The 80-20 rule, originally developed by management consultant Joseph Juran, is a rule of thumb that is commonly used in business. For example, 80% of a company’s business is conducted by using only 20% of its available analytics reports, or 80% of a company’s product returns are generated from 20% of its products.

This 80-20 rule also burdens big data analysts when they have to apply security rules to big data. The 80-20 wreaks havoc because many big data analysts spend 80% of their time in the data prep process, and a large part of this effort is ensuring that sensitive data fields embedded in big data are secure before the data is imported into analytics work. This leaves analysts only 20% of their time to work on analytics algorithms and reporting for the end business.

The problem in a nutshell

When big data comes in from websites and Internet of Thing (IoT) sources like machines, it comes in completely unedited. This includes the roughly 5% of highly sensitive data elements snarled up in this data, and also the reams of raw logging data, clickstream data, sentiment data, and general jitter that you have to make your way through to determine where security controls are needed.

The data enters at breakneck velocities, making data cleaning and security processes even more difficult. To compound matters further, businesses want to be able to blend in data from different data sources for their analytics. This means that every contributing raw data source must be cleaned and prepped for quality and security before it can be committed to a central data repository for use in analytics or used in live streams for real-time analytics.

How to address the problem

“The most effective way of attacking the big data security challenge is by adopting a data-centric approach to securing and prepping your data,” said Jeremy Stieglitz, vice present of products for Dataguise, which sells security software that detects, audits, protects, and monitors sensitive data assets in real time. “We don’t think that the answer is coding to an API (application programming interface) and developing applications to handle it.” Instead, Dataguise uses two methods for securing big data.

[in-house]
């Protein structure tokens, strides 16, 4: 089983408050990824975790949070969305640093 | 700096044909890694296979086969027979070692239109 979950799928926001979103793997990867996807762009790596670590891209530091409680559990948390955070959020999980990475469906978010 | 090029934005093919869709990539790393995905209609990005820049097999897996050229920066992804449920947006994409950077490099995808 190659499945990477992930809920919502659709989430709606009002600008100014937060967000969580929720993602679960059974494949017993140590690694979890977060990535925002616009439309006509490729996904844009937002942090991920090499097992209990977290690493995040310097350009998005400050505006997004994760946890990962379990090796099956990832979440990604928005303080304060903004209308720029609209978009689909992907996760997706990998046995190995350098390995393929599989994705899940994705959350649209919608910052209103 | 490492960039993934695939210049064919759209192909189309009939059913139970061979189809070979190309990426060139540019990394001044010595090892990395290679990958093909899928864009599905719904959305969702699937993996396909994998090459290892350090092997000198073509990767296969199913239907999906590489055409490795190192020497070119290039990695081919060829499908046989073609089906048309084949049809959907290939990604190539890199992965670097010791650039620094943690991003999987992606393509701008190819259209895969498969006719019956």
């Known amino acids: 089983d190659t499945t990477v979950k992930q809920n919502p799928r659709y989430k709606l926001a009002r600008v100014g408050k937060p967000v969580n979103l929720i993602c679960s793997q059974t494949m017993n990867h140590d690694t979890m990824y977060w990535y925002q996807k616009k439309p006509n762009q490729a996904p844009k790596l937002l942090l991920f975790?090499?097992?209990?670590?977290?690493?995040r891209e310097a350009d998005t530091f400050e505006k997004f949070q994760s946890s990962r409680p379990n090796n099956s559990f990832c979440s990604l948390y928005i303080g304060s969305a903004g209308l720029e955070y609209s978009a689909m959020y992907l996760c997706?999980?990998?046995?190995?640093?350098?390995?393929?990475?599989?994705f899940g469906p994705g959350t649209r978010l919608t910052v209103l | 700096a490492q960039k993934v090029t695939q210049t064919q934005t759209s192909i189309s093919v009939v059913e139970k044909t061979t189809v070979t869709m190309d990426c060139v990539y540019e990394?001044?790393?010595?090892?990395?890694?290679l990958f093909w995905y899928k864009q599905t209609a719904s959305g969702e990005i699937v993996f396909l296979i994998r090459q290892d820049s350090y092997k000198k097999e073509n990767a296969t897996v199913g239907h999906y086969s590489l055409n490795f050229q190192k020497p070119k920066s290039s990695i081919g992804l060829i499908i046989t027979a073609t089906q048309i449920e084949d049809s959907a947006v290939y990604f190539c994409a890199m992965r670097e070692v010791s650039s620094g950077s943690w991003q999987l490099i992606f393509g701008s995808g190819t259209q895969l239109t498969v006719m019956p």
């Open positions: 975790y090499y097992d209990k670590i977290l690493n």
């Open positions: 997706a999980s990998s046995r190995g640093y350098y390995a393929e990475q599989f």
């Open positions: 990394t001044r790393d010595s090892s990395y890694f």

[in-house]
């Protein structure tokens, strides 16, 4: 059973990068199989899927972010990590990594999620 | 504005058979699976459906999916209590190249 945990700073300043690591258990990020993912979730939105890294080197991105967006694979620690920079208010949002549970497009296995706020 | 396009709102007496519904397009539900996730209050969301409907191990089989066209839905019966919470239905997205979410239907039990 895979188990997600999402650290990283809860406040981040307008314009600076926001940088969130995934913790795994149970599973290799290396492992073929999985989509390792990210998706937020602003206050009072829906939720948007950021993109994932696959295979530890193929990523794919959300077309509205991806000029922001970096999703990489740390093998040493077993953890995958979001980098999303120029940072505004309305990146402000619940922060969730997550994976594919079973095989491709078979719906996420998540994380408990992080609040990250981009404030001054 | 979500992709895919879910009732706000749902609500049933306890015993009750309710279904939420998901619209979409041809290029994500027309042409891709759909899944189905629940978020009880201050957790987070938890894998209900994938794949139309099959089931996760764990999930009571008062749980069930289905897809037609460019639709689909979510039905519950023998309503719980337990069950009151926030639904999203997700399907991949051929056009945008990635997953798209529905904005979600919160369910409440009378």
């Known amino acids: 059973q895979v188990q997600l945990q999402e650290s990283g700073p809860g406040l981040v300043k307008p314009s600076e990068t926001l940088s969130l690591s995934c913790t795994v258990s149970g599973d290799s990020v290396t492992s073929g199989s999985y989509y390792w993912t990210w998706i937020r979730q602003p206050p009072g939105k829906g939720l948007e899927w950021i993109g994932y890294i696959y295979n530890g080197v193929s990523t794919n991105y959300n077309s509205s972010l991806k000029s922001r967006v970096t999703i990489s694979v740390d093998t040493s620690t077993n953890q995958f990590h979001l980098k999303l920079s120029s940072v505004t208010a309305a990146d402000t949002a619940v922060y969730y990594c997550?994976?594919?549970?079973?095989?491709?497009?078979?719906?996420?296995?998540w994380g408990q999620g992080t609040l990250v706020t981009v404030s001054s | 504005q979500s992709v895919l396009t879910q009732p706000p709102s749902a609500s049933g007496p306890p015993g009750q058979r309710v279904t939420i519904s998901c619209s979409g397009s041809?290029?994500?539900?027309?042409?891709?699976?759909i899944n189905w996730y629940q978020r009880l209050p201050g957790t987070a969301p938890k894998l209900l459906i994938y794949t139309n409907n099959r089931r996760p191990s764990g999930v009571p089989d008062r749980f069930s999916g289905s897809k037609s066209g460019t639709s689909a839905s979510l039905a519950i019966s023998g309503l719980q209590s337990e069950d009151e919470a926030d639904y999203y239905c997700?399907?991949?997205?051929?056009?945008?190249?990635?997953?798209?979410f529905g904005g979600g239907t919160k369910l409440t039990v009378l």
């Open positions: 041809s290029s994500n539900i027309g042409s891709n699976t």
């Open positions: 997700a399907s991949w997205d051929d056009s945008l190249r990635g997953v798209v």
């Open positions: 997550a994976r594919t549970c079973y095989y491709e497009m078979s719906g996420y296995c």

• Masking: A data analyst can “mask out” a security-sensitive data element so it is redacted from all incoming big data streams that contain it. Once a data mask is installed, it is more or less permanent.
  • Encryption: A data analyst can encrypt security-sensitive data elements so they cannot be seen or used. Encryption offers flexibility that masking doesn’t, because at any time you can choose to decrypt a data element to make it available for analytics. Encryption controls can also be used with security permissions across the company that allow certain power users access to the data, while classifying the data as off-limits to general and casual users.

Being able to selectively apply security restrictions to incoming big data streams is critical, because privacy is a concern to businesses and customers. Rigorous security regulations must also be observed in industries such as finance, insurance, and healthcare. There is the additional danger that employees can exploit their access to sensitive data in ways that can expose companies to liability.

“In one case, two data analysts were able to see data that normally should have been secured and restricted, and to personally profit from the information about a particular company in advance of market reports,” said Stieglitz. “This was an issue of security access control, and it placed both the employees and their company in the position of potentially being ‘inside traders.'”

As big data liability and governance concerns grow, so will the demand for securing this data. A security tool that enables sites to do this by flagging only the data fields that must be secured (which are typically four to five percent of total data fields) can be run against incoming big data without unduly impacting system performance.

“It is good timing for big data security tools, because the big data security discussion has moved into corporate boardrooms and also into dialogues with company customers,” said Stieglitz.

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